5

c is the coupon of the bond, so it is paid semiannually. You can see this from the LHS of the first equation, which is the sum of present values of the coupons and principal. The 6.87 and the 6.75 are related by $$ (1+6.87/200)^2 = e^{0.0675} $$


5

The shadow rate is what the interest rate would be if money did not behave like an option. The concept was created by Fischer Black and his insight was that money acts like an option. Someone with a dollar can either (1) buy something today or (2) not spend the dollar and have a dollar tomorrow. When the economy is good, an investor can loan money and, in ...


4

Assume you have the time series of 10-year Treasury constant-maturity yield $\{y_t\}$ from FRED (here), you can calculate the total return $R_t$ from $t$ to $t+\Delta t$ as following. Define $$ \text{Daily: } \Delta t = 1/365 $$ $$ \text{Monthly: } \Delta t = 1/12 $$ $$ \text{Yield change: } \Delta y = y_{t+\Delta t} - y_t $$ $$ \text{Maturity: } M = 10 $$ ...


4

The value of the bond would be the first case, because you have to discount each cashflow with the relevant spot rate for that payment date. Although, because rates are normally expressed in annual terms, you would have to adjust for the days: $(1+R)^{n}$ or $(1 + R \times n)$ What you might be confused with, is the yield of the bond, which would be the ...


4

According to Monika Piazzesi: The word “affine term structure model” is often used in different ways. I will use the word to describe any arbitrage-free model in which [zero coupon] bond yields are affine (constant plus-linear) functions of some state vector x. Affine models are thus a special class of term structure models, which write the yield y(τ) of ...


4

Almost always, the market convention is to use for yield the same frequency as the coupon payment frequency. However in a few markets, the market convention is to convert this yield to the frequency of the local government bond. For example, if the local government bonds usually pay annually, as they do in Eurozone, and some corporate bond pays quarterly or ...


4

For simplicity, let us assume continuously compounded zero rates and periodically compounded par yields. If you have to work with continuous rates, you may adapt the formulas accordingly. Using the zero rate discount factors $D(T) \equiv e^{-r(T)T}$, the present value of a coupon bearing bond is \begin{equation} PV=\sum_i^N c D(t_i) + D(t_N) \end{equation} ...


4

To supplement @Dimitri's excellent answer, I recommend a little booklet called "Government Bond Outlines," published by JPMorgan's index team. This is easily obtainable from JPMorgan's research website. It lists, for each government bond market, the market characteristics, calculation convention, and trading basis (e.g., quotation, tick size, ...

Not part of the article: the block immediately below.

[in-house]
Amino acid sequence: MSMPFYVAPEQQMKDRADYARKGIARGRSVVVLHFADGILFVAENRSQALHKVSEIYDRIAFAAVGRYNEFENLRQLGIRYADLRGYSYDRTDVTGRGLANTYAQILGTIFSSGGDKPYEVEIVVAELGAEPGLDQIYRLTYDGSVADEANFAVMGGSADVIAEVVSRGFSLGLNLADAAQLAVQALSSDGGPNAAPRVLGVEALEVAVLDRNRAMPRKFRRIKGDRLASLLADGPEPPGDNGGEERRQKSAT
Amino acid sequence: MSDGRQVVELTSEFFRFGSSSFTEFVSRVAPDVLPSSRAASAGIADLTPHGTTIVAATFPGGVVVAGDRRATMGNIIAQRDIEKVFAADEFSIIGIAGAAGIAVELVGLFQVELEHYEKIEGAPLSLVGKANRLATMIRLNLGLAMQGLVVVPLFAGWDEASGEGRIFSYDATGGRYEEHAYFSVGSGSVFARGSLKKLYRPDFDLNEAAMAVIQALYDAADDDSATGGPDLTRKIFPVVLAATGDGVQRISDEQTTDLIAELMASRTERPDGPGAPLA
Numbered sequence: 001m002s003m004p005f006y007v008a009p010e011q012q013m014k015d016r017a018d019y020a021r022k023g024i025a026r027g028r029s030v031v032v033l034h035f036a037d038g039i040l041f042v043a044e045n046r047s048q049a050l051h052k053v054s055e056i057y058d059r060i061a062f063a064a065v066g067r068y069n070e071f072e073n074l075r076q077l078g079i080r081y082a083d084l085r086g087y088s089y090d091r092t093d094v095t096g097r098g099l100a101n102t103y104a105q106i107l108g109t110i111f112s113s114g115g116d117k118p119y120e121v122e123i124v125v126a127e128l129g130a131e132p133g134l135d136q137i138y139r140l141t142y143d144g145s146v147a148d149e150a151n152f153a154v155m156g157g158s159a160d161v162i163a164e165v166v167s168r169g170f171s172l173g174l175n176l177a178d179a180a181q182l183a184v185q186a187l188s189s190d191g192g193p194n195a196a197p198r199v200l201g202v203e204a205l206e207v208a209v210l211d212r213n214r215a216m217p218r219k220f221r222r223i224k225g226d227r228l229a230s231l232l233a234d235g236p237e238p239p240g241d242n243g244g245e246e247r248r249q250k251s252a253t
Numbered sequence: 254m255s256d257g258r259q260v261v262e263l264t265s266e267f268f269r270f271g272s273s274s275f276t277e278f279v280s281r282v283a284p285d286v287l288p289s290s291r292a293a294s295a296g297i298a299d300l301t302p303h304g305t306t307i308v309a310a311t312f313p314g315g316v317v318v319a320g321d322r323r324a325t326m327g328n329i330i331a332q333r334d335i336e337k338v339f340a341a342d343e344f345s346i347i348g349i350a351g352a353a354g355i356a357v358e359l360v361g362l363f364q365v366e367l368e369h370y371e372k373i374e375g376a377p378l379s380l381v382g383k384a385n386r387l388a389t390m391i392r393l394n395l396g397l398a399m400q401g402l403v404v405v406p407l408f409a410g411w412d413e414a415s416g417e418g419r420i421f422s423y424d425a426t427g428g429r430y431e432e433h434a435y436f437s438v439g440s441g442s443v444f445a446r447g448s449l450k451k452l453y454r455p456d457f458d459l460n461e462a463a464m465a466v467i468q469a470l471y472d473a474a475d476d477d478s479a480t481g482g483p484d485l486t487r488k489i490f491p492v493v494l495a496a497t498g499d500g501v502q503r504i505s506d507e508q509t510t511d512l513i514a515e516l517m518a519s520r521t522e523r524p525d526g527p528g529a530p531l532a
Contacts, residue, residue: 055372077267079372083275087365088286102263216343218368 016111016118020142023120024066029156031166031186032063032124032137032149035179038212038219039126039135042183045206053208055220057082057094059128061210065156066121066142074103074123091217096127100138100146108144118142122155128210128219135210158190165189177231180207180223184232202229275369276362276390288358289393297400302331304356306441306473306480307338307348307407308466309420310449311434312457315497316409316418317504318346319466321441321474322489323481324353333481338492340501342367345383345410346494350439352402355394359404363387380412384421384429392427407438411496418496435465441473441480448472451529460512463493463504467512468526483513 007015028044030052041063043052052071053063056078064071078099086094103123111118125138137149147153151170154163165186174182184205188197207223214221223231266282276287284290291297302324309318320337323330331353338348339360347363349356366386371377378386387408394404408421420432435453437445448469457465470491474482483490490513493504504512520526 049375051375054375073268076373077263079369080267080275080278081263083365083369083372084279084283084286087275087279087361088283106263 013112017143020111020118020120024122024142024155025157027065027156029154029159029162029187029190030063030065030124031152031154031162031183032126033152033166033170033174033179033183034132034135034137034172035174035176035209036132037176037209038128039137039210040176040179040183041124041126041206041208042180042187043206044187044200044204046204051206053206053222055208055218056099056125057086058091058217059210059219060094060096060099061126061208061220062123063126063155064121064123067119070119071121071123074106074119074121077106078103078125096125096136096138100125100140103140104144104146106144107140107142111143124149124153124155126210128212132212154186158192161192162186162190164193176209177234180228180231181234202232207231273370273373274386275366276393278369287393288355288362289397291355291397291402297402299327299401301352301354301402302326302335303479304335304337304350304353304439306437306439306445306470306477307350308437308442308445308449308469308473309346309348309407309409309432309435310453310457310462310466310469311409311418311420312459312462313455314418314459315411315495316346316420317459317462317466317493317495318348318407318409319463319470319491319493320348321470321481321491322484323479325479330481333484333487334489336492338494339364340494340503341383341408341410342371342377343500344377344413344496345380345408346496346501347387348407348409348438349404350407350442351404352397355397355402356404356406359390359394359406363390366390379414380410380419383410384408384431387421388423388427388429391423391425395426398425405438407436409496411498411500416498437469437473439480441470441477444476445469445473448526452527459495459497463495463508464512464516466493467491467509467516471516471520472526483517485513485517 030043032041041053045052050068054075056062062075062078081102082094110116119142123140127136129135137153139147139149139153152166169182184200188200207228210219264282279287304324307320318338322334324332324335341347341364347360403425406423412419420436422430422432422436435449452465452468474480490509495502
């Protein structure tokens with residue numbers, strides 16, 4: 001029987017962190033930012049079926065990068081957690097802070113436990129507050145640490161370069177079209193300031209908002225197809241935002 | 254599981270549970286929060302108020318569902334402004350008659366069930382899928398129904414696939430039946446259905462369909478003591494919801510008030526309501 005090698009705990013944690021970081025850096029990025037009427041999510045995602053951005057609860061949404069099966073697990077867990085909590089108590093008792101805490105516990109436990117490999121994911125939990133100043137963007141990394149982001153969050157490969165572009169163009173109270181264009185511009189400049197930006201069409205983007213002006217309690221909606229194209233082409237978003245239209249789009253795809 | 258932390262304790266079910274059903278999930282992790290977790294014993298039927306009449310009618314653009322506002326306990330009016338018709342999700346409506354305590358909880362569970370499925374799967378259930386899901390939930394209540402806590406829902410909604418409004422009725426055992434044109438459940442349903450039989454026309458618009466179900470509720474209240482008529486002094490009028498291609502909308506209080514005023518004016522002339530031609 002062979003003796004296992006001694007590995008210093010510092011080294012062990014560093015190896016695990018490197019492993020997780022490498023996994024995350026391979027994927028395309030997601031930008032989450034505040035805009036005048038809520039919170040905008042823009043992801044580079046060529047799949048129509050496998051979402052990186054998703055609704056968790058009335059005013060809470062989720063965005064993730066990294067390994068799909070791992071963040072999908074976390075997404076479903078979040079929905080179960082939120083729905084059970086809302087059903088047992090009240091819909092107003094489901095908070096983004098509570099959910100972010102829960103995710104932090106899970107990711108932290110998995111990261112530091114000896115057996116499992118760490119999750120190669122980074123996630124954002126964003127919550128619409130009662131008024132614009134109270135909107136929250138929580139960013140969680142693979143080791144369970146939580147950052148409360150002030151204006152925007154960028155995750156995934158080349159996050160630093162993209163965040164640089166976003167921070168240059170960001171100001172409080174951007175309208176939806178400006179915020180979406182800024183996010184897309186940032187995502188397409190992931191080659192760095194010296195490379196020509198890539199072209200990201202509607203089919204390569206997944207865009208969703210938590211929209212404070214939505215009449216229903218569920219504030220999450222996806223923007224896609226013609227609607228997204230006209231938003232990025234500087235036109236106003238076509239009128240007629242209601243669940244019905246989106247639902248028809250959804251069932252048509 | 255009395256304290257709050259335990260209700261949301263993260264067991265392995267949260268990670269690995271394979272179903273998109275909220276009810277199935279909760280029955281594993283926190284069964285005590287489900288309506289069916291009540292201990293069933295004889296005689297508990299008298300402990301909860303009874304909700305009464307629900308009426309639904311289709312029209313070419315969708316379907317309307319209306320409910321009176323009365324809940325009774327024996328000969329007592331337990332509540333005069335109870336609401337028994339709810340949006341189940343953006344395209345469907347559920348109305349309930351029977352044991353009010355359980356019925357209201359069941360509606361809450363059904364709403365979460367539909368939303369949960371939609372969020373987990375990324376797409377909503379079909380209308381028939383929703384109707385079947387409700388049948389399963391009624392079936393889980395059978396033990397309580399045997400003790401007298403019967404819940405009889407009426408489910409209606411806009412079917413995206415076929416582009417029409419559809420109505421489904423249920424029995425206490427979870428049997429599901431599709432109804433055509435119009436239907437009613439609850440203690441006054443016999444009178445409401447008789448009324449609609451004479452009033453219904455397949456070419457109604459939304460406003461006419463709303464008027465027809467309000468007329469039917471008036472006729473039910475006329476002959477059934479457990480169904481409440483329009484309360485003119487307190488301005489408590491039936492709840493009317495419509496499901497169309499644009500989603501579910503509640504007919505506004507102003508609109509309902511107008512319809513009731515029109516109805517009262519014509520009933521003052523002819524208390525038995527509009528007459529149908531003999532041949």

4

There is no authoritative source. If you're dealing with vast quantities of diverse bond quotes, then it's very hard to interpet them correctly all the time, although you might get be right most of the time with less effort. As general guidelines, yes, IG is usually yield, and HY is usually price. But some issuers (e.g. EM eurobonds) are usually price even ...


3

On a conceptual level an option on a coupon bonds is an option on a sum of the coupons (and principal), and we are comparing it to the sum of the options on coupons. In a one-factor model all coupons/individual options on coupons are essentially 100% correlated as driven by the same one factor. Hence, we can link an option on the sum to the sum of the ...


3

Basically you are right to be skeptical about the use of the yield to maturity as a metric for comparing investments. It is useful, but imperfect, and it is important to understand its limitations. The simplest measure of bond return is the current yield $y_c = c/P$ which is the coupon divided by the price. If there was one coupon left, this might make sense....


3

You need to be reading a more beginner-oriented tutorial on bond maths. Several of the details in your question are irrelevant: the mention of dv01 (although it might be the next step after you figure out the yield) and the fact that this note is the cheapest to deliver for some futures contact is also irrelevant. The fact that the note "last" ...


3

This is a pretty basic finance question. Strips are discount bonds so their price is basically a discount factor and the fact that the price is decreasing with maturity, on its own, is not enough information to determine the slope of the yield curve. Here is a simple example of 3 yield curves (flat, upward sloping and downward sloping) that will all have ...


3

Let's start with the "safest" bonds in the world, and work our way down the credit quality curve. In Europe, the safest and virtually "credit-risk free" bonds are the German Bunds. If you look at the 10y yield of the German bunds, these are negative 60 bps as of this morning. The ECB deposit rate is negative 50 bps: from the fact that the ...


3

The strike in these examples is the clean price. If a bond is called, then the bond holder receives the strike plus the accrued interest. It's exactly as if the bond hold sold the bond in the secondary market for clean price = strike. Bonds are frequently issued to be callable at par in the last few months of their lives for convenience: the issuer expects ...


3